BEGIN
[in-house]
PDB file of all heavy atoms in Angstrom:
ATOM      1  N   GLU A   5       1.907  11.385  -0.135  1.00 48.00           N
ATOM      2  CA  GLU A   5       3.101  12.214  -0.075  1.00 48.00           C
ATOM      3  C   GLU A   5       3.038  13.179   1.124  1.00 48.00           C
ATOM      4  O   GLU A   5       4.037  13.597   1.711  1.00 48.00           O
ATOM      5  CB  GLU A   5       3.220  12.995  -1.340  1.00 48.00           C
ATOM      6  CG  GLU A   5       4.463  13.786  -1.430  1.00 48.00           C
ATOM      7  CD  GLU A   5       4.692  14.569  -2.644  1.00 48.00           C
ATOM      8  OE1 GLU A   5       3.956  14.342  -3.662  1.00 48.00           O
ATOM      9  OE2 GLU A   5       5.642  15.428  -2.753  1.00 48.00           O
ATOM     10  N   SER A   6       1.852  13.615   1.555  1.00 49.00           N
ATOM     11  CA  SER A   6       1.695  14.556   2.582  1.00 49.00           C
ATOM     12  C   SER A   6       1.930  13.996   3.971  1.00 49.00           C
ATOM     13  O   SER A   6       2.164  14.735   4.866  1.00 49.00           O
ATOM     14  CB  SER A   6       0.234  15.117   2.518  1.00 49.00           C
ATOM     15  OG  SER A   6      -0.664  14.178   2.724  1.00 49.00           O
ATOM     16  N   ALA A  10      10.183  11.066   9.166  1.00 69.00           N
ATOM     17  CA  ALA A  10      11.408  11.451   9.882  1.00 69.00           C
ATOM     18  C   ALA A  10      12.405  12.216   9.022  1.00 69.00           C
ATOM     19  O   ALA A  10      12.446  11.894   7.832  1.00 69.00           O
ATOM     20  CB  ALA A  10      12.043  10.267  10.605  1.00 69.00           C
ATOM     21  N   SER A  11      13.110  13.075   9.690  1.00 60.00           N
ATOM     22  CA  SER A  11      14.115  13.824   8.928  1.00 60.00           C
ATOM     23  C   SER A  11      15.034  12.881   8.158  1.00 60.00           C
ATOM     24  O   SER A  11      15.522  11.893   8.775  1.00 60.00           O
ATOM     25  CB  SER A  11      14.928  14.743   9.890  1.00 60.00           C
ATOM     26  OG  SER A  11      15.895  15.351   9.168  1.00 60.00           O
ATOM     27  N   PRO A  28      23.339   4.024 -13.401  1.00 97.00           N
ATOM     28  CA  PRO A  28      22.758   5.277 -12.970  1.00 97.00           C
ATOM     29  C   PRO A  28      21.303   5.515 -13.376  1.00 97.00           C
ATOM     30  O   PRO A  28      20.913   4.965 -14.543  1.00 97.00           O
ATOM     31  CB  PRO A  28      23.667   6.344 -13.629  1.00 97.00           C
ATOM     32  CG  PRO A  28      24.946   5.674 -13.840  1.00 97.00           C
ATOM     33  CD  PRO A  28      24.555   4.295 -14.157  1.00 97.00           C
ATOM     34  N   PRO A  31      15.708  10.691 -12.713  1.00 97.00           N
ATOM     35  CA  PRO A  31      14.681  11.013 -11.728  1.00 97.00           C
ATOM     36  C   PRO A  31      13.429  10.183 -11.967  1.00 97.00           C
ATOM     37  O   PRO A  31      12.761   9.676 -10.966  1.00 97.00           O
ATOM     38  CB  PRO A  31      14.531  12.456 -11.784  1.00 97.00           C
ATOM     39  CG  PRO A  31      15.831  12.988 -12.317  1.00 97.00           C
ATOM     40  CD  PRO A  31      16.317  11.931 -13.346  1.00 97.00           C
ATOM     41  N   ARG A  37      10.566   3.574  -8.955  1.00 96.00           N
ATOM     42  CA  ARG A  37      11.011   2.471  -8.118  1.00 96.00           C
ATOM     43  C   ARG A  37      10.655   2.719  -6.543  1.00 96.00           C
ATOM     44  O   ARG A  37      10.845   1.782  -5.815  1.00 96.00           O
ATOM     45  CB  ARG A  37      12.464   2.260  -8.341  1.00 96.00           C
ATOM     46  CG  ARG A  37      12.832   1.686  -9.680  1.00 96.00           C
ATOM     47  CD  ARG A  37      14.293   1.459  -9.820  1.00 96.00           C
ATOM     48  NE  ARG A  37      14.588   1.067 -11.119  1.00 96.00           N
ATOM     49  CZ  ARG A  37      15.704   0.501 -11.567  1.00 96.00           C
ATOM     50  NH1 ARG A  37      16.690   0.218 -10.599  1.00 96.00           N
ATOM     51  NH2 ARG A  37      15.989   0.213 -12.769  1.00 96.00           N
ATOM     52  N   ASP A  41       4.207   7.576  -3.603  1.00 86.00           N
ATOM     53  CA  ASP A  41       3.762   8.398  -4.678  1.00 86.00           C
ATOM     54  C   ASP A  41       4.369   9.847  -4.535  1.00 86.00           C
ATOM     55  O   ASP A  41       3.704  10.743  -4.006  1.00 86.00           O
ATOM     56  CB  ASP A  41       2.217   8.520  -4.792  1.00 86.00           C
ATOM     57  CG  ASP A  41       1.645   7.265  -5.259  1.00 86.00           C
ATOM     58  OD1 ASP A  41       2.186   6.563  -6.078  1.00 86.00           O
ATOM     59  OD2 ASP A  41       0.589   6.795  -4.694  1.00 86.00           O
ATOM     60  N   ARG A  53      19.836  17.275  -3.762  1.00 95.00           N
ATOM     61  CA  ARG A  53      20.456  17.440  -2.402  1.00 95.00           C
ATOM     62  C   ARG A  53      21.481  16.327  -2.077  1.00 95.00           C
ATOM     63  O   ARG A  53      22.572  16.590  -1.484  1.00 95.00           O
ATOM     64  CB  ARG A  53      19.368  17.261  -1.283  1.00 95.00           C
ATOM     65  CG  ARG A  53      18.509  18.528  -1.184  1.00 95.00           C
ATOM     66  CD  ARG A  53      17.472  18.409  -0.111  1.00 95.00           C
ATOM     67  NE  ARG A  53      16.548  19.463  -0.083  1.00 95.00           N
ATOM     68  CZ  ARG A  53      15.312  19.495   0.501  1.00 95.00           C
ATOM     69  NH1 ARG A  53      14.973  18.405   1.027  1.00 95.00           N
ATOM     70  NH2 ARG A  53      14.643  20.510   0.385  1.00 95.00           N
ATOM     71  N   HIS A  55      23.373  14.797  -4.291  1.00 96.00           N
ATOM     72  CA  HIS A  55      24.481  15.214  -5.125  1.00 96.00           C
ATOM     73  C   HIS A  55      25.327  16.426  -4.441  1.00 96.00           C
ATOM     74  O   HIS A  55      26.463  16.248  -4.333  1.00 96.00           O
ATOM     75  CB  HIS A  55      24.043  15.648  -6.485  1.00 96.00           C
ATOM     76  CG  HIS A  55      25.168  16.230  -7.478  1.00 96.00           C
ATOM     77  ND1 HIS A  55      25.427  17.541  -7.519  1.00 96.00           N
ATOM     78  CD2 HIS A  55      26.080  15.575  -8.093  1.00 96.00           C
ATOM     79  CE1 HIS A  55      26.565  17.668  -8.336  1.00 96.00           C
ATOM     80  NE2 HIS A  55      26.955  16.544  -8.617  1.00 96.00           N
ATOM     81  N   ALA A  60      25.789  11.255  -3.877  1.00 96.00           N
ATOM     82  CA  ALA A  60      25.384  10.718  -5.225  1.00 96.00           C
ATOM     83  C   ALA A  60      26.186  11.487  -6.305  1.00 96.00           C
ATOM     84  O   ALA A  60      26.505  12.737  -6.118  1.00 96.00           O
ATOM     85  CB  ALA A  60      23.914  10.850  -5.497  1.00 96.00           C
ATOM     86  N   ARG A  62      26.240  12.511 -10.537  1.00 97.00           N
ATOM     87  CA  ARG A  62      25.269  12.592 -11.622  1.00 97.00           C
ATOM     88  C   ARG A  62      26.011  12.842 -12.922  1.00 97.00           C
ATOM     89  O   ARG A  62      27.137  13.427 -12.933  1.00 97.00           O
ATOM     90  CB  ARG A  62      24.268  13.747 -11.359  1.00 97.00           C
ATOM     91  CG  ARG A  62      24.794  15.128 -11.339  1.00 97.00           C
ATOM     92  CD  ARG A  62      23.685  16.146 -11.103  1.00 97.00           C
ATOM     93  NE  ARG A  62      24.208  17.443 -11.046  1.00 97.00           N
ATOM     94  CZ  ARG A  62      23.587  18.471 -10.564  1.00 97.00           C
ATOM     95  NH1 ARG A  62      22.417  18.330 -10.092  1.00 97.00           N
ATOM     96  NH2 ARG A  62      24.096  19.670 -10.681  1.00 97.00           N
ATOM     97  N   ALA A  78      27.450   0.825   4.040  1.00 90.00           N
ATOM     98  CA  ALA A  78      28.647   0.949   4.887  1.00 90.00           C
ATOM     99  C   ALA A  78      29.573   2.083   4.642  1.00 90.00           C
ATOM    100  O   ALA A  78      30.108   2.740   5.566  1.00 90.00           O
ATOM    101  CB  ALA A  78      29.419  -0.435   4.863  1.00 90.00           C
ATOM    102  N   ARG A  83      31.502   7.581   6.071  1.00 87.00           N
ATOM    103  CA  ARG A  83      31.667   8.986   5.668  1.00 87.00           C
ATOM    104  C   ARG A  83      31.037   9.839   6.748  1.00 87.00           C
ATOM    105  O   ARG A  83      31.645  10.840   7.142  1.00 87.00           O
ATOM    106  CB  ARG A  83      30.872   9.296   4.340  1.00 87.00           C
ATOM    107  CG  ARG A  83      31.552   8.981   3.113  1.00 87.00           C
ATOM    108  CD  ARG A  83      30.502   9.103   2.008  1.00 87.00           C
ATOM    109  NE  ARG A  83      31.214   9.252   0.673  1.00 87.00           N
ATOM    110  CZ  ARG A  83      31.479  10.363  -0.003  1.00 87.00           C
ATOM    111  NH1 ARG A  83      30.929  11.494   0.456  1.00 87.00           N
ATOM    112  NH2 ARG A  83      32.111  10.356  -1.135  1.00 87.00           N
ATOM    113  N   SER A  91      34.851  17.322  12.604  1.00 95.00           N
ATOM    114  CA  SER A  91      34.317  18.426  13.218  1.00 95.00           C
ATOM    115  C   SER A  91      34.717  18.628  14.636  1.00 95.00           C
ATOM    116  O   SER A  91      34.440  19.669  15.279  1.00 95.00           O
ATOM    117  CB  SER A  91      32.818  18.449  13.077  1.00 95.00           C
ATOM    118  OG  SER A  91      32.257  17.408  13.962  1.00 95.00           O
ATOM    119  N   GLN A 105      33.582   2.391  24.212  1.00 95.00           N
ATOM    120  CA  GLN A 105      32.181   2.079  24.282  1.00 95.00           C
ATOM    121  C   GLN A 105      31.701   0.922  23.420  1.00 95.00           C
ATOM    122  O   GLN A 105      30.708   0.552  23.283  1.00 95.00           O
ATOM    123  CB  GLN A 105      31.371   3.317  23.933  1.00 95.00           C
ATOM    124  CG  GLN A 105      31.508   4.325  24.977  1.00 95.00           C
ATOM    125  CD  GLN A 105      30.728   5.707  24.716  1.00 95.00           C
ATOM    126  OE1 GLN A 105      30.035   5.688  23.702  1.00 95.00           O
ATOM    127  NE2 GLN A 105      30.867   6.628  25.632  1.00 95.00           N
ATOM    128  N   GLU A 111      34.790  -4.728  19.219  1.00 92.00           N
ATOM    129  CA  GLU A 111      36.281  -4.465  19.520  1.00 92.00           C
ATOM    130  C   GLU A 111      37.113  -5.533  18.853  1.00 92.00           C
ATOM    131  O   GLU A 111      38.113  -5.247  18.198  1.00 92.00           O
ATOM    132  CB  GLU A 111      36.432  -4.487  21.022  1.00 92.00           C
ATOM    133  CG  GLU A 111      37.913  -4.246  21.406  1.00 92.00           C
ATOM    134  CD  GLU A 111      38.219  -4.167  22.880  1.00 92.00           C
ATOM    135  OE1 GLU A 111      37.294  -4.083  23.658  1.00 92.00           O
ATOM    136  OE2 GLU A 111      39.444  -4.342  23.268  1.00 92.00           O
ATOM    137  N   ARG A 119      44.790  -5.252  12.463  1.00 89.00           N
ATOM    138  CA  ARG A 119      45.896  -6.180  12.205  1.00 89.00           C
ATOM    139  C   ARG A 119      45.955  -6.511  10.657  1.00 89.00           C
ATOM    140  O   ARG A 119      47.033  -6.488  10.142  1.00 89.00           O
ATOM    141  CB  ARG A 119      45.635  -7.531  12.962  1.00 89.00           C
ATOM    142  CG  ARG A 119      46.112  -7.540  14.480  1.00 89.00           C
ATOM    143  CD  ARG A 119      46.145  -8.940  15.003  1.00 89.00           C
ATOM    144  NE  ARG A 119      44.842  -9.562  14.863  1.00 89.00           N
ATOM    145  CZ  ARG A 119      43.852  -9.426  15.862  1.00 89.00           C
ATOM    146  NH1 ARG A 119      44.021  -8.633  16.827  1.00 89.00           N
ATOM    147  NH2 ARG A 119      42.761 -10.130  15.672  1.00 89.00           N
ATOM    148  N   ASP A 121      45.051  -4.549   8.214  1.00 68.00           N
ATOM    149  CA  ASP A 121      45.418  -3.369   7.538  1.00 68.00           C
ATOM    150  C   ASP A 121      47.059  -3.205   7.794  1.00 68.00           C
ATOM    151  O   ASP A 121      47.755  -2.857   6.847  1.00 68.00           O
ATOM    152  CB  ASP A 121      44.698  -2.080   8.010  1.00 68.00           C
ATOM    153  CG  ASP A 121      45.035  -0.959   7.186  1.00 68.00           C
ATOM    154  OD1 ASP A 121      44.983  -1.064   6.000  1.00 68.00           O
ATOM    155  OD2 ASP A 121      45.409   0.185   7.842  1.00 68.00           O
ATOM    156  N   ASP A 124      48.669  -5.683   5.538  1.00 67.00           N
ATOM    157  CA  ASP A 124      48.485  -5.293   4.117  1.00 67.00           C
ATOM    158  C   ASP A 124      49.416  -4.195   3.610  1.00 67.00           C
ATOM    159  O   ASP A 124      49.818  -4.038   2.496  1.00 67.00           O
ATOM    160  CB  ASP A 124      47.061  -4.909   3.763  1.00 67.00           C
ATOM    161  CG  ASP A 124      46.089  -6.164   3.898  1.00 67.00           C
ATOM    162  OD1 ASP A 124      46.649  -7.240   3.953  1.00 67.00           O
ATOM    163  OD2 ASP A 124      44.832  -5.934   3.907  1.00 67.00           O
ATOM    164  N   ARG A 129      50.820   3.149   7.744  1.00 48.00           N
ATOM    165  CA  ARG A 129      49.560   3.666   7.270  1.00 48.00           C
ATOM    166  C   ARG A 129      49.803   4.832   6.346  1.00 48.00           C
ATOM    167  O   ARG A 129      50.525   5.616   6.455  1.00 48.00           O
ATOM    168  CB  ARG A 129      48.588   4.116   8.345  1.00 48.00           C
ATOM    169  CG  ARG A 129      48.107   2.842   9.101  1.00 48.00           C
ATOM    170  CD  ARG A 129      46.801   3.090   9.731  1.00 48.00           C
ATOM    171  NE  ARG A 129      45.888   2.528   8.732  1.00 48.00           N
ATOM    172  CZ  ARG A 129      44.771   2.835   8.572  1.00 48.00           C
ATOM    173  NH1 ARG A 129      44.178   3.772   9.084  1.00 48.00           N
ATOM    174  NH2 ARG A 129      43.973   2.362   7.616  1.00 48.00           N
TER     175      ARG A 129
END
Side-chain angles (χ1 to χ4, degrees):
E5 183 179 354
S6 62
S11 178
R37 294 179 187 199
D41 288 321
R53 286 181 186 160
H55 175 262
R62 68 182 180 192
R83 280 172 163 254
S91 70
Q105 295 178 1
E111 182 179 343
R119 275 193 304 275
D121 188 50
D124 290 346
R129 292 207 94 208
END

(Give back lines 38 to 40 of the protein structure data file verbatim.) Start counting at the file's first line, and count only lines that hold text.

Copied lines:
ATOM     36  C   PRO A  31      13.429  10.183 -11.967  1.00 97.00           C
ATOM     37  O   PRO A  31      12.761   9.676 -10.966  1.00 97.00           O
ATOM     38  CB  PRO A  31      14.531  12.456 -11.784  1.00 97.00           C